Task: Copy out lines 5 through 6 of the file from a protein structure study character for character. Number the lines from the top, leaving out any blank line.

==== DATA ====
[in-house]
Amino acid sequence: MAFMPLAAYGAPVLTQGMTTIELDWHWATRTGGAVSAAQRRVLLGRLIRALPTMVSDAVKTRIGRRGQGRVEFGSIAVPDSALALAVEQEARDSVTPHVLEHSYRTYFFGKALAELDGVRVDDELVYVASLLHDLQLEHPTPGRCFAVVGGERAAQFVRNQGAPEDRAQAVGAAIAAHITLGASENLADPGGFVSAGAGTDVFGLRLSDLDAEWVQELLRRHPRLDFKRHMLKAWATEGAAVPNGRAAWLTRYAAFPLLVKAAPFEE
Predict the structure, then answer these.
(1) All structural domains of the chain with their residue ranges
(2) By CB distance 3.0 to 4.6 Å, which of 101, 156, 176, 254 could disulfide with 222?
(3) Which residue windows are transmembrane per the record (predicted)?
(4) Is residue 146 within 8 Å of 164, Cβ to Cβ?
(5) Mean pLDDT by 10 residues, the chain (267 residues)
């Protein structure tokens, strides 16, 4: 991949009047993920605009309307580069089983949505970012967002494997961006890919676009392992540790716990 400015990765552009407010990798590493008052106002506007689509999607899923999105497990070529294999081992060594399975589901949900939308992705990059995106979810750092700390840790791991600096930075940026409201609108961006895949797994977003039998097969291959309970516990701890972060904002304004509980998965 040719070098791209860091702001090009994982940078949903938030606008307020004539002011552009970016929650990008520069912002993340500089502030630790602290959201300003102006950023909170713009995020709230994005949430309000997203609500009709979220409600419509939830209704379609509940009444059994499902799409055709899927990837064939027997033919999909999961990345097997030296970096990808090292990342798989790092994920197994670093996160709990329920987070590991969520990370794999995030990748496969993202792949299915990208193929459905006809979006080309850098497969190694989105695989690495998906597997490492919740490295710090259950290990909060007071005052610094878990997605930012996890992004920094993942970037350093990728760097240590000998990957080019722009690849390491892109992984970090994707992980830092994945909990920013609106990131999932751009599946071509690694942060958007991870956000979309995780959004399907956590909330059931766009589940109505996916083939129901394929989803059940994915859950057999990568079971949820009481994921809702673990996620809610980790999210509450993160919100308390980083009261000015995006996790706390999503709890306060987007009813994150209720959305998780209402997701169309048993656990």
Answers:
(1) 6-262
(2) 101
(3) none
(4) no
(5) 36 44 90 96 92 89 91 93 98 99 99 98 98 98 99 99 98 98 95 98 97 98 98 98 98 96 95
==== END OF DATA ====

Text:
(2) By CB distance 3.0 to 4.6 Å, which of 101, 156, 176, 254 could disulfide with 222?
(3) Which residue windows are transmembrane per the record (predicted)?